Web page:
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Evergrande and the intricacies of Chinese insolvency law

By Jiawei Wang, Partner at Roedl & Partner
Jiawei Wang is an expert in Chinese law

For 20 years, a myth has prevailed in the Chinese economy: real estate prices always rise. With the construction boom, China has seen the emergence of numerous ever-growing real estate companies. Evergrande is a prime example of the robust past of China’s real estate sector. Thanks to its success story in the real estate market, the Group is now also active in various other sectors: the Group runs a professional soccer club, is an asset manager, plans to build EVs, and is active in the healthcare sector.

The Chinese real estate market is overheated

But the supposed “perpetuum mobile” of the ever-growing real estate market is just a fantasy. Market analysts have warned several times that the real estate bubble will burst. Lately, it has become apparent that the Chinese real estate market has cooled down. The rise in real estate prices in China has slowed down. In some cities, prices have even dropped. This brings Evergrande back down to earth. There are also the bitter results of the diversification strategy: Its EV is not yet running, and financially, the Guangzhou Evergrande soccer club is more resembling FC Barcelona than FC Bayern Munich. Evergrande’s debt crisis is not government-made. Instead, it originated from within Evergrande – or rather, is a market-driven result.

Several creditors are counting on the Chinese government (at the national or regional level) to intervene and put together a rescue package. In particular, private individuals who bought apartments from Evergrande are hoping that Evergrande will resume construction work and fulfill their part of the contract. To date, however, no rescue package has been announced by the state.

Is there an exit strategy?

We assess that the Chinese government will not be willing or able to offer an extensive rescue package for Evergrande. The scope of the crisis is not yet clear. The domino effect of the state using taxpayers’ money to bail out a company whose mismanagement contributed greatly to its downfall should also be considered. In the difficult Covid period, China’s central bank certainly has more pressing challenges to tackle than becoming the country’s largest real estate investor.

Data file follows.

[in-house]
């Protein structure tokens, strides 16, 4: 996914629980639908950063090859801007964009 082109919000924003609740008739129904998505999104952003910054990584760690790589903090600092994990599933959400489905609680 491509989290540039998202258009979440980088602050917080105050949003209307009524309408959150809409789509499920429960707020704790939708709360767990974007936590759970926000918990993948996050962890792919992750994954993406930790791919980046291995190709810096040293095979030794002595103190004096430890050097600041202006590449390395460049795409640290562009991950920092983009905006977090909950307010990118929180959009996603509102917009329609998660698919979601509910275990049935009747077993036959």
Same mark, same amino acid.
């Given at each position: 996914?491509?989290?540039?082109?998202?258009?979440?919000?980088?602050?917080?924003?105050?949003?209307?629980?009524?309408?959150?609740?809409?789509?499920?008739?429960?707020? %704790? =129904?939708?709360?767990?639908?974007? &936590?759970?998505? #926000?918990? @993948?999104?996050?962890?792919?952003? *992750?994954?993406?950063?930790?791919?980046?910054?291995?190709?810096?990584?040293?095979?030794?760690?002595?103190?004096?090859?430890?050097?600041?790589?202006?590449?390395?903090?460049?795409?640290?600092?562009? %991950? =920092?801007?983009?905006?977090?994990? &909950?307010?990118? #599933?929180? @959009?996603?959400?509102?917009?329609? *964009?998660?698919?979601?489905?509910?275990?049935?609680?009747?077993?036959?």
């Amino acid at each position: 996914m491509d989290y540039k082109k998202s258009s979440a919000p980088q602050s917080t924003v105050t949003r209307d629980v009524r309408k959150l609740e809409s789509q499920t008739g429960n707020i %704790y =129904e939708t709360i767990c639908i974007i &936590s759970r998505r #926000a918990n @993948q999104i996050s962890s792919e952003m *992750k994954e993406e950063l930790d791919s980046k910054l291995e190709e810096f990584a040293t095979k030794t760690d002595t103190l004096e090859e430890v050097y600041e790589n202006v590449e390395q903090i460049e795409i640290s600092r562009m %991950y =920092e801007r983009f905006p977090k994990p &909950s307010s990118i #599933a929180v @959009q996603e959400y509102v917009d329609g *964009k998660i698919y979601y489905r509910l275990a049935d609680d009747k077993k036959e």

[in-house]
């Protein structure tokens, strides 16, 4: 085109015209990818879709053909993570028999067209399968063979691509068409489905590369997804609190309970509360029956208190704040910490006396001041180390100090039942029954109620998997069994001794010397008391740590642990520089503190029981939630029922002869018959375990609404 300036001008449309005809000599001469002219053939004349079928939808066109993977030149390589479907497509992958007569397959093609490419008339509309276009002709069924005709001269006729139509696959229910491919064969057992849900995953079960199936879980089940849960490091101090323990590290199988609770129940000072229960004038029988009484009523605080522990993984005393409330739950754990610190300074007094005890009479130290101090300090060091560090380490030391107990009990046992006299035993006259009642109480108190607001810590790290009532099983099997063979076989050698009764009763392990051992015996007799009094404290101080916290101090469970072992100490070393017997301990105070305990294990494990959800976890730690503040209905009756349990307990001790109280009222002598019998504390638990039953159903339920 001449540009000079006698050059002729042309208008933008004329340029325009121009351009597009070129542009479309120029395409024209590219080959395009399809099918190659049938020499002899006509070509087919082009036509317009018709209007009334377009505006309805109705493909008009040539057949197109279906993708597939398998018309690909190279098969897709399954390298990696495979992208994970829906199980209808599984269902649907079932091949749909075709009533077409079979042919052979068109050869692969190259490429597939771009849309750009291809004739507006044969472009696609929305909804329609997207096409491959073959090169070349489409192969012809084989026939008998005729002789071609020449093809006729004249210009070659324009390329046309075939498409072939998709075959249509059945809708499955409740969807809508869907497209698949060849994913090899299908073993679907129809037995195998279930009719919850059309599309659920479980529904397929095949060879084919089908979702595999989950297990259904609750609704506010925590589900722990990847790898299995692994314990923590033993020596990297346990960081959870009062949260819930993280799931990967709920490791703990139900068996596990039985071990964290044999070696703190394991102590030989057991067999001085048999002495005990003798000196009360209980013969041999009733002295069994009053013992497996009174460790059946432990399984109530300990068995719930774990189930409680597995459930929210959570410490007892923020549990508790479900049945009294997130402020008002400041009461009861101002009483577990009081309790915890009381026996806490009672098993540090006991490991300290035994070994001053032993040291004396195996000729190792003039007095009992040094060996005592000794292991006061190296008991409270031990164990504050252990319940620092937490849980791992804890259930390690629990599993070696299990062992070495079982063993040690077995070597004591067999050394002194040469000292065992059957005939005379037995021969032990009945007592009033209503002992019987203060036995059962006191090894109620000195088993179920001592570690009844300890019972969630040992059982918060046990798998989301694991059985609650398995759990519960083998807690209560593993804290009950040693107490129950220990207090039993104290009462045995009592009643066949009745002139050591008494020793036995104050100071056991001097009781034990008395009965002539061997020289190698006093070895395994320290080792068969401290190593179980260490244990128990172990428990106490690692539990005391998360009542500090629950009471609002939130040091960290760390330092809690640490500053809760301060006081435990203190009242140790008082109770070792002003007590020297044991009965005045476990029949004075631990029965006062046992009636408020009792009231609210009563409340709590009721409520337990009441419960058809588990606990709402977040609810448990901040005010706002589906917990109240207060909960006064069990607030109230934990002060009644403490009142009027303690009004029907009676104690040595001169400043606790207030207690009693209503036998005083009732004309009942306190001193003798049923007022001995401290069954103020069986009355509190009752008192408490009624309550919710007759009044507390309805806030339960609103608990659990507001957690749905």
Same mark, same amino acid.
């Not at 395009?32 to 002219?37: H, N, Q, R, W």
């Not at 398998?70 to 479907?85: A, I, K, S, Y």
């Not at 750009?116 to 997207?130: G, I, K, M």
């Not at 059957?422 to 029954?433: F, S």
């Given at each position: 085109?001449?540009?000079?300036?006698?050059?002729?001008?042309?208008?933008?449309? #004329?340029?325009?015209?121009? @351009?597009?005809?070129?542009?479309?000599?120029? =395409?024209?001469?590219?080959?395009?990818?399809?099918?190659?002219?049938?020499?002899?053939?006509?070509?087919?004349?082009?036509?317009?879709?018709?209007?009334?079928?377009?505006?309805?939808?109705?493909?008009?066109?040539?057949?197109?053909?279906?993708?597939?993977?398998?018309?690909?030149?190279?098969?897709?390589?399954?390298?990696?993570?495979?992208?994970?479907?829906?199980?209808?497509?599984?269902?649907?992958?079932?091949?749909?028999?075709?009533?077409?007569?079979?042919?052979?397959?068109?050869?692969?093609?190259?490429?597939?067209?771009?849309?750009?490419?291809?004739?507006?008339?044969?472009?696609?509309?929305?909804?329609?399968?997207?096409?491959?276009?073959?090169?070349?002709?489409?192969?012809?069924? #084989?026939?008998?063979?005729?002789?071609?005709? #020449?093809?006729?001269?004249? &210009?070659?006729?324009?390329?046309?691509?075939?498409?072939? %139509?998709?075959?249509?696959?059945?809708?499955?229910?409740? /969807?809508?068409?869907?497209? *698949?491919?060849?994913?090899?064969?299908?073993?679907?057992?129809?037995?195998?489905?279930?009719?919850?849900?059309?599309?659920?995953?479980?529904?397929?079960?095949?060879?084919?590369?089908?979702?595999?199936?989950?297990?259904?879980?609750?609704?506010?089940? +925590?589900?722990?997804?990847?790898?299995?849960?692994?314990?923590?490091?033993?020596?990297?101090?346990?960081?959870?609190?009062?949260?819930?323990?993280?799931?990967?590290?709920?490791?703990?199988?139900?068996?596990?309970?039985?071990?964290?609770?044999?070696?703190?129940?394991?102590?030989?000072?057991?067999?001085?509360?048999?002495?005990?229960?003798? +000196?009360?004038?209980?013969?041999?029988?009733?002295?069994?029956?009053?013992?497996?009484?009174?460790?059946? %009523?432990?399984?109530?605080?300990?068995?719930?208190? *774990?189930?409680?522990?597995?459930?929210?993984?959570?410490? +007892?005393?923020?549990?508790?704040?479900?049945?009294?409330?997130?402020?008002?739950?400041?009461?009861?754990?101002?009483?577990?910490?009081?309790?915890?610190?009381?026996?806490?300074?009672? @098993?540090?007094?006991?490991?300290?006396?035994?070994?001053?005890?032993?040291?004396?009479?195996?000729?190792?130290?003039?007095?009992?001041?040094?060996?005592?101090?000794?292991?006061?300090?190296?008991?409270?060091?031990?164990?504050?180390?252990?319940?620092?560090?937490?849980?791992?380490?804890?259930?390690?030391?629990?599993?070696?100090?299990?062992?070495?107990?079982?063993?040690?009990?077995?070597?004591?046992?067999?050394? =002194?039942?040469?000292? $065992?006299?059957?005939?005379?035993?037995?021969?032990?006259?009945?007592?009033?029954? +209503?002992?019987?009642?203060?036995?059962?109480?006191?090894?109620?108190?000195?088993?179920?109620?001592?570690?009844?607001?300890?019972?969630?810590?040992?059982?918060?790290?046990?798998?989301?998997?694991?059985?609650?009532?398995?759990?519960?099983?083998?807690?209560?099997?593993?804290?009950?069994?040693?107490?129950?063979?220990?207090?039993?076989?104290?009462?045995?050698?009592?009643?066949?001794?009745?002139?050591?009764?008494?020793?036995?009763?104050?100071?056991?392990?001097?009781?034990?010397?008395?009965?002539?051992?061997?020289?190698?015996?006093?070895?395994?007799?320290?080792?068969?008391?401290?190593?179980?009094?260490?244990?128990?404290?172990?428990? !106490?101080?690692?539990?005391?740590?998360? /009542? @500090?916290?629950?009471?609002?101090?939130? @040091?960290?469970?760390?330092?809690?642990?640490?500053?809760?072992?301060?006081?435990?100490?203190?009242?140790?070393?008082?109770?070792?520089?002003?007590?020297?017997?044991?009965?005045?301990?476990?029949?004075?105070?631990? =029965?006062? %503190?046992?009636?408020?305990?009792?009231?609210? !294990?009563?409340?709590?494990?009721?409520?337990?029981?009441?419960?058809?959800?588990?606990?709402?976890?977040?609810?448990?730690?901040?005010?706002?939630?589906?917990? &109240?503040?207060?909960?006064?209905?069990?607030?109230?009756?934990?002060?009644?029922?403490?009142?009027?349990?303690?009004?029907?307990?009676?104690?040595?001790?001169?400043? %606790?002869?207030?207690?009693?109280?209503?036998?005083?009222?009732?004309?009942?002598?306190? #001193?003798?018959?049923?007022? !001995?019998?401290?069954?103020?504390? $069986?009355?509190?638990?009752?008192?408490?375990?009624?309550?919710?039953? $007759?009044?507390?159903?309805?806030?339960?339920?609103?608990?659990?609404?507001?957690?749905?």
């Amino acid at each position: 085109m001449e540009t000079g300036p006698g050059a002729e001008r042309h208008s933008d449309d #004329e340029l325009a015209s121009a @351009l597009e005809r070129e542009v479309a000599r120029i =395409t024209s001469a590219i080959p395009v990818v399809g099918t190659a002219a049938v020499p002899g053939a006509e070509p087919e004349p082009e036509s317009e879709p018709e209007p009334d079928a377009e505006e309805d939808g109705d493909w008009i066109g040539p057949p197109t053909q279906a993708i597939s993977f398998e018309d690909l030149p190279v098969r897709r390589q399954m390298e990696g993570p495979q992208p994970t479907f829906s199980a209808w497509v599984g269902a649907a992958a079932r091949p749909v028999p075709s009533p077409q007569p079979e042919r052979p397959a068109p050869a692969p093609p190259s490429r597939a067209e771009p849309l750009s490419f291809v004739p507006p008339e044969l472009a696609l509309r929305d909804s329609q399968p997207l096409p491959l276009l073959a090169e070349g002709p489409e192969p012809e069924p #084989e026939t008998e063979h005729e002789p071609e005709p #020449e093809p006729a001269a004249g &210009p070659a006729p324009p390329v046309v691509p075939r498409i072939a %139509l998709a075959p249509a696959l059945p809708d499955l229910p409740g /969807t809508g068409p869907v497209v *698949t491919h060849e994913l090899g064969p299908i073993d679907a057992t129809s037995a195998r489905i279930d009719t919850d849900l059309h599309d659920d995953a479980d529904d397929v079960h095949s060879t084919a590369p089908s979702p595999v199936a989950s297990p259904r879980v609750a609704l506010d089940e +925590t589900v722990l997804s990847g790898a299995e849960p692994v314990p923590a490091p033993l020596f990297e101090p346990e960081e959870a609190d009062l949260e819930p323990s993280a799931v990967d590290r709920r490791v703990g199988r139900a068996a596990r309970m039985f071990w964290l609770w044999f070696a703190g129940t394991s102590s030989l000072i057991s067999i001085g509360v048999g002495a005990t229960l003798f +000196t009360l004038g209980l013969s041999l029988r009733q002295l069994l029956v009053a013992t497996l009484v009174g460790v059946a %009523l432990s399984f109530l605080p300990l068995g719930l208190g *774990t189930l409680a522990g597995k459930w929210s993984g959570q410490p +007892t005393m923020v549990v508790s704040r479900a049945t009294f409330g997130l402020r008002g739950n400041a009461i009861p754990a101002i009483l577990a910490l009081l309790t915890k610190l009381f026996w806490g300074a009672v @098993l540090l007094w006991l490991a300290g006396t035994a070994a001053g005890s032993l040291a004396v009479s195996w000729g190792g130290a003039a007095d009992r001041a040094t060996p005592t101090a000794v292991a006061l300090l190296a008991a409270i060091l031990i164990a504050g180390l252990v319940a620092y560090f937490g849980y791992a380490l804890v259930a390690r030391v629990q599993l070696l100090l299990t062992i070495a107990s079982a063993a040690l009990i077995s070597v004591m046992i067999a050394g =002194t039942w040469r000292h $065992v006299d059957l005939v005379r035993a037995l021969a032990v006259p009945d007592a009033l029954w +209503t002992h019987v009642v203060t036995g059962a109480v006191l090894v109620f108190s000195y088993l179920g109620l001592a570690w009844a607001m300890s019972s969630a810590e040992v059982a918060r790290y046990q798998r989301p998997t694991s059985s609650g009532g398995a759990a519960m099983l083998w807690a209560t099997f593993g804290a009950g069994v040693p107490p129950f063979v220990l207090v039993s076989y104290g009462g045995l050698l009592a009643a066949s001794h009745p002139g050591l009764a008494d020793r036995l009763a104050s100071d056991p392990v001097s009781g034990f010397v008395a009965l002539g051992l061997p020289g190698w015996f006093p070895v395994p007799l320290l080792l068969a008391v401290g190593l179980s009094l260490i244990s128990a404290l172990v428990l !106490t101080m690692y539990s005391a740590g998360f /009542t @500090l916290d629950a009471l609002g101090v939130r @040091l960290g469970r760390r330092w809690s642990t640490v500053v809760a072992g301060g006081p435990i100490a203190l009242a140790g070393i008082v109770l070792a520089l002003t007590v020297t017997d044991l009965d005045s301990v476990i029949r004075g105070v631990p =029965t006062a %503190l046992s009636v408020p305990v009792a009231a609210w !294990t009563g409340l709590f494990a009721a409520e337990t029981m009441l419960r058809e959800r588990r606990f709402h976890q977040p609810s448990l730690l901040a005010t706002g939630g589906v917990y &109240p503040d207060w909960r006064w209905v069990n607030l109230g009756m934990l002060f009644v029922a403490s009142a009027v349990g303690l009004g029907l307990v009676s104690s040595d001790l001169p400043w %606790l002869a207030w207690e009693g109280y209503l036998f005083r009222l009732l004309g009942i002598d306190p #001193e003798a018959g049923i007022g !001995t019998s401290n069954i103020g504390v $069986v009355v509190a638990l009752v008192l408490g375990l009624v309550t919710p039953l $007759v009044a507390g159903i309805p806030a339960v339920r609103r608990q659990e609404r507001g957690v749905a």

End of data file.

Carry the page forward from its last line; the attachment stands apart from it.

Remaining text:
It is possible, however, that in individual cases, state-owned enterprises or state-managed investment funds could participate in a restructuring of the company concerned in the Evergrande Group or assume certain debts. In such cases, however, SOEs and SOE-led investment funds are regular market players like any other potential investors in a Chapter 11 case. We believe that such participation by state-owned enterprises or state-managed investment funds is most likely to occur when the interests of a larger group of private individuals would be adversely affected.

Chinese bankruptcy law

Economically, the Evergrande Group is at rock bottom. Legally, however, the picture is highly interesting: Evergrande has not yet filed for bankruptcy. This means that, by law, Evergrande is still alive.

In China, bankruptcy procedures are mainly regulated by the Enterprise Bankruptcy Law, which came into force on June 1st, 2007. As in Germany, bankruptcy procedures in China are filed with the competent court (People’s Court). In practice, the investor may encounter problems. Bankruptcy procedures in China differ greatly from procedures in Germany. The main difference between the two bankruptcy systems is that the concept of delaying bankruptcy does not yet exist in mainland China in a form comparable to that in Germany. The Chinese Enterprise Bankruptcy Law does not set a fixed deadline for when a company must file for bankruptcy. From a German perspective, bankruptcy petitions are often filed too late in China. This is the legal ground on which Evergrande currently still rests.

Moreover, it should not be overlooked that, in its current form, Evergrande’s influence extends beyond China’s borders. The Evergrande Group is listed on the Hong Kong Stock Exchange and registered in the Cayman Islands. In this case, the company must comply with the laws of the Cayman Islands, as well as the listing rules of the Hong Kong Stock Exchange. In this regard, it cannot be ruled out that a mandatory measure, such as delisting, may occur earlier than the bankruptcy filing in China.

What else can be expected?

What does Evergrande’s liquidity crisis mean for foreign creditors? Unlike Chinese creditors, foreign creditors are mostly institutional investors. Chinese bankruptcy law certainly does not exclude foreign creditors. To this end, the principle of equality applies: neither disadvantage nor advantage. Preference over Chinese creditors or consumers would be an illusion. On the other hand, nerve-racking creditor meetings are likely. It remains interesting to see, if and how Evergrande – and also the state – will overcome the crisis. “Too big to fail” does not exist in the Middle Kingdom.

Jiawei Wang LL.M. is Legal Counsel and Partner at Roedl & Partner in Stuttgart. He studied law in Shanghai and Heidelberg and is admitted to the bar of the People’s Republic of China as Lu Shi (lawyer under Chinese law). Wang represents, among others, German industrial companies in contract negotiations and legal disputes with Chinese business partners.

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